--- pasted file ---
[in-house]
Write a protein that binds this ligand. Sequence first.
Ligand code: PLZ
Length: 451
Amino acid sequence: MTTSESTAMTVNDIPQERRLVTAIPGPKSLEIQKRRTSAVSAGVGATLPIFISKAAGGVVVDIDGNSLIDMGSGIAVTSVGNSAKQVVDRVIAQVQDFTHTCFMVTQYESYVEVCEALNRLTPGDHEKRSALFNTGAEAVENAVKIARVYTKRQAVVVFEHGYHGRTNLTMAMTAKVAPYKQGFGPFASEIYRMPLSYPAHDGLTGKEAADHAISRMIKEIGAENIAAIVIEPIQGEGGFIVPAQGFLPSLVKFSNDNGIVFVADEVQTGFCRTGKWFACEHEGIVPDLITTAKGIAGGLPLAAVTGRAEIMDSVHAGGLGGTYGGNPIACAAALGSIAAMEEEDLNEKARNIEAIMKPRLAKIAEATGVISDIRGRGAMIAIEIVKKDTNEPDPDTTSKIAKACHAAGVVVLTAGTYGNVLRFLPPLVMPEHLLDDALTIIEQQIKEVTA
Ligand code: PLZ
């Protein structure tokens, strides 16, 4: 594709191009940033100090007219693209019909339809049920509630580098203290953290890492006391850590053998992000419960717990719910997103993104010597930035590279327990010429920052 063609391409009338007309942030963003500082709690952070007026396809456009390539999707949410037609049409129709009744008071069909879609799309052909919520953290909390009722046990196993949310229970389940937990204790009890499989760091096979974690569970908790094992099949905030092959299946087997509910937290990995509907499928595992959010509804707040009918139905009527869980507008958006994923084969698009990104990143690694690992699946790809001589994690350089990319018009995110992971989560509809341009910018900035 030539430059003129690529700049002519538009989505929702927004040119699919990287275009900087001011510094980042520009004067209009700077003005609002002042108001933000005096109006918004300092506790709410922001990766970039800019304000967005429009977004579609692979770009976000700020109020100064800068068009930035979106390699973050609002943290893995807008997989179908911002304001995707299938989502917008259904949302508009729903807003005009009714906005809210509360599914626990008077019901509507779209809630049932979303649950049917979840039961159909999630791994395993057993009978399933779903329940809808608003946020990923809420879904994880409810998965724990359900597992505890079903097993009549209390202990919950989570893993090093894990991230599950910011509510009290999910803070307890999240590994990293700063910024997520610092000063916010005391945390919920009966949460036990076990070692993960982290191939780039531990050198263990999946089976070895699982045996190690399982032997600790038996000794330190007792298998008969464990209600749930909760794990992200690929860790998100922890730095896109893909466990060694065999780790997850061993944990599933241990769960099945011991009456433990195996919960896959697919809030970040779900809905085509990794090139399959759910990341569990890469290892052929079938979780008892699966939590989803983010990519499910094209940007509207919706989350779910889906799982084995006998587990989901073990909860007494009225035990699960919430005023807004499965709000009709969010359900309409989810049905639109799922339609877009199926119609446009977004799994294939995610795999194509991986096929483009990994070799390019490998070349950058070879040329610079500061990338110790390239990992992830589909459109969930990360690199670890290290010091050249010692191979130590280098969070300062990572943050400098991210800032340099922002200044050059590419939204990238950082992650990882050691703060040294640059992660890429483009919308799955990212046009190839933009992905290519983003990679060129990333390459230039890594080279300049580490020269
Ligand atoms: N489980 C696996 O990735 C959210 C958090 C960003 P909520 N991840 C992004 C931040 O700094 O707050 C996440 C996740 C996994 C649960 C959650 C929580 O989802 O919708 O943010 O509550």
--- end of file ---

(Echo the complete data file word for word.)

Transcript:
[in-house]
Write a protein that binds this ligand. Sequence first.
Ligand code: PLZ
Length: 451
Amino acid sequence: MTTSESTAMTVNDIPQERRLVTAIPGPKSLEIQKRRTSAVSAGVGATLPIFISKAAGGVVVDIDGNSLIDMGSGIAVTSVGNSAKQVVDRVIAQVQDFTHTCFMVTQYESYVEVCEALNRLTPGDHEKRSALFNTGAEAVENAVKIARVYTKRQAVVVFEHGYHGRTNLTMAMTAKVAPYKQGFGPFASEIYRMPLSYPAHDGLTGKEAADHAISRMIKEIGAENIAAIVIEPIQGEGGFIVPAQGFLPSLVKFSNDNGIVFVADEVQTGFCRTGKWFACEHEGIVPDLITTAKGIAGGLPLAAVTGRAEIMDSVHAGGLGGTYGGNPIACAAALGSIAAMEEEDLNEKARNIEAIMKPRLAKIAEATGVISDIRGRGAMIAIEIVKKDTNEPDPDTTSKIAKACHAAGVVVLTAGTYGNVLRFLPPLVMPEHLLDDALTIIEQQIKEVTA
Ligand code: PLZ
């Protein structure tokens, strides 16, 4: 594709191009940033100090007219693209019909339809049920509630580098203290953290890492006391850590053998992000419960717990719910997103993104010597930035590279327990010429920052 063609391409009338007309942030963003500082709690952070007026396809456009390539999707949410037609049409129709009744008071069909879609799309052909919520953290909390009722046990196993949310229970389940937990204790009890499989760091096979974690569970908790094992099949905030092959299946087997509910937290990995509907499928595992959010509804707040009918139905009527869980507008958006994923084969698009990104990143690694690992699946790809001589994690350089990319018009995110992971989560509809341009910018900035 030539430059003129690529700049002519538009989505929702927004040119699919990287275009900087001011510094980042520009004067209009700077003005609002002042108001933000005096109006918004300092506790709410922001990766970039800019304000967005429009977004579609692979770009976000700020109020100064800068068009930035979106390699973050609002943290893995807008997989179908911002304001995707299938989502917008259904949302508009729903807003005009009714906005809210509360599914626990008077019901509507779209809630049932979303649950049917979840039961159909999630791994395993057993009978399933779903329940809808608003946020990923809420879904994880409810998965724990359900597992505890079903097993009549209390202990919950989570893993090093894990991230599950910011509510009290999910803070307890999240590994990293700063910024997520610092000063916010005391945390919920009966949460036990076990070692993960982290191939780039531990050198263990999946089976070895699982045996190690399982032997600790038996000794330190007792298998008969464990209600749930909760794990992200690929860790998100922890730095896109893909466990060694065999780790997850061993944990599933241990769960099945011991009456433990195996919960896959697919809030970040779900809905085509990794090139399959759910990341569990890469290892052929079938979780008892699966939590989803983010990519499910094209940007509207919706989350779910889906799982084995006998587990989901073990909860007494009225035990699960919430005023807004499965709000009709969010359900309409989810049905639109799922339609877009199926119609446009977004799994294939995610795999194509991986096929483009990994070799390019490998070349950058070879040329610079500061990338110790390239990992992830589909459109969930990360690199670890290290010091050249010692191979130590280098969070300062990572943050400098991210800032340099922002200044050059590419939204990238950082992650990882050691703060040294640059992660890429483009919308799955990212046009190839933009992905290519983003990679060129990333390459230039890594080279300049580490020269
Ligand atoms: N489980 C696996 O990735 C959210 C958090 C960003 P909520 N991840 C992004 C931040 O700094 O707050 C996440 C996740 C996994 C649960 C959650 C929580 O989802 O919708 O943010 O509550």